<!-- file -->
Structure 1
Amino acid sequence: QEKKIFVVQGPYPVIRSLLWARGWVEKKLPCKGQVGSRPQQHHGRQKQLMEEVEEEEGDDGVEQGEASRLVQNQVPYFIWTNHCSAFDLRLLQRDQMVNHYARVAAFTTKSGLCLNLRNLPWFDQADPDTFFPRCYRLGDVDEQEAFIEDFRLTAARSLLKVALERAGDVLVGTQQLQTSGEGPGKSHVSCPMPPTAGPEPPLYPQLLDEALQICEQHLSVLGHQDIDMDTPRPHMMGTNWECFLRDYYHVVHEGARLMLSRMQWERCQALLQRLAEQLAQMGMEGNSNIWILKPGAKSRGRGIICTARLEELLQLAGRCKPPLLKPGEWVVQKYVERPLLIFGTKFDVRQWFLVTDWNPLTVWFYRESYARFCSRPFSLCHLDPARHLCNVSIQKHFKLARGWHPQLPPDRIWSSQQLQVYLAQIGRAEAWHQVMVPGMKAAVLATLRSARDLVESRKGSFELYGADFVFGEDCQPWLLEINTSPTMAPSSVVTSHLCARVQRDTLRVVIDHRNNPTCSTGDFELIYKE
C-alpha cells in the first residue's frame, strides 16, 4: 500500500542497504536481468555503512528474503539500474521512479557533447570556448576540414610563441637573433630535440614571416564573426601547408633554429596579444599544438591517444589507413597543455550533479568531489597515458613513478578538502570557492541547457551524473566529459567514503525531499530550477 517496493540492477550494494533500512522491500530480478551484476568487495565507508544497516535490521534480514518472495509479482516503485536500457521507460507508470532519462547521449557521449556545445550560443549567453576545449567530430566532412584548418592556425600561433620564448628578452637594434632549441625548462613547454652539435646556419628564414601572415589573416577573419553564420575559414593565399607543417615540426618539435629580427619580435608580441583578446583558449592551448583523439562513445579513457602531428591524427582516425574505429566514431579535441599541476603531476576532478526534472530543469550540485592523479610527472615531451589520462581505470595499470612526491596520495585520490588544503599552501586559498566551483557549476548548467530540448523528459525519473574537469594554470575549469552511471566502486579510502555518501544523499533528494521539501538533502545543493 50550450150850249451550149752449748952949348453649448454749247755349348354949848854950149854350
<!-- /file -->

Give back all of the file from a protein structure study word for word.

Structure 1
Amino acid sequence: QEKKIFVVQGPYPVIRSLLWARGWVEKKLPCKGQVGSRPQQHHGRQKQLMEEVEEEEGDDGVEQGEASRLVQNQVPYFIWTNHCSAFDLRLLQRDQMVNHYARVAAFTTKSGLCLNLRNLPWFDQADPDTFFPRCYRLGDVDEQEAFIEDFRLTAARSLLKVALERAGDVLVGTQQLQTSGEGPGKSHVSCPMPPTAGPEPPLYPQLLDEALQICEQHLSVLGHQDIDMDTPRPHMMGTNWECFLRDYYHVVHEGARLMLSRMQWERCQALLQRLAEQLAQMGMEGNSNIWILKPGAKSRGRGIICTARLEELLQLAGRCKPPLLKPGEWVVQKYVERPLLIFGTKFDVRQWFLVTDWNPLTVWFYRESYARFCSRPFSLCHLDPARHLCNVSIQKHFKLARGWHPQLPPDRIWSSQQLQVYLAQIGRAEAWHQVMVPGMKAAVLATLRSARDLVESRKGSFELYGADFVFGEDCQPWLLEINTSPTMAPSSVVTSHLCARVQRDTLRVVIDHRNNPTCSTGDFELIYKE
C-alpha cells in the first residue's frame, strides 16, 4: 500500500542497504536481468555503512528474503539500474521512479557533447570556448576540414610563441637573433630535440614571416564573426601547408633554429596579444599544438591517444589507413597543455550533479568531489597515458613513478578538502570557492541547457551524473566529459567514503525531499530550477 517496493540492477550494494533500512522491500530480478551484476568487495565507508544497516535490521534480514518472495509479482516503485536500457521507460507508470532519462547521449557521449556545445550560443549567453576545449567530430566532412584548418592556425600561433620564448628578452637594434632549441625548462613547454652539435646556419628564414601572415589573416577573419553564420575559414593565399607543417615540426618539435629580427619580435608580441583578446583558449592551448583523439562513445579513457602531428591524427582516425574505429566514431579535441599541476603531476576532478526534472530543469550540485592523479610527472615531451589520462581505470595499470612526491596520495585520490588544503599552501586559498566551483557549476548548467530540448523528459525519473574537469594554470575549469552511471566502486579510502555518501544523499533528494521539501538533502545543493 50550450150850249451550149752449748952949348453649448454749247755349348354949848854950149854350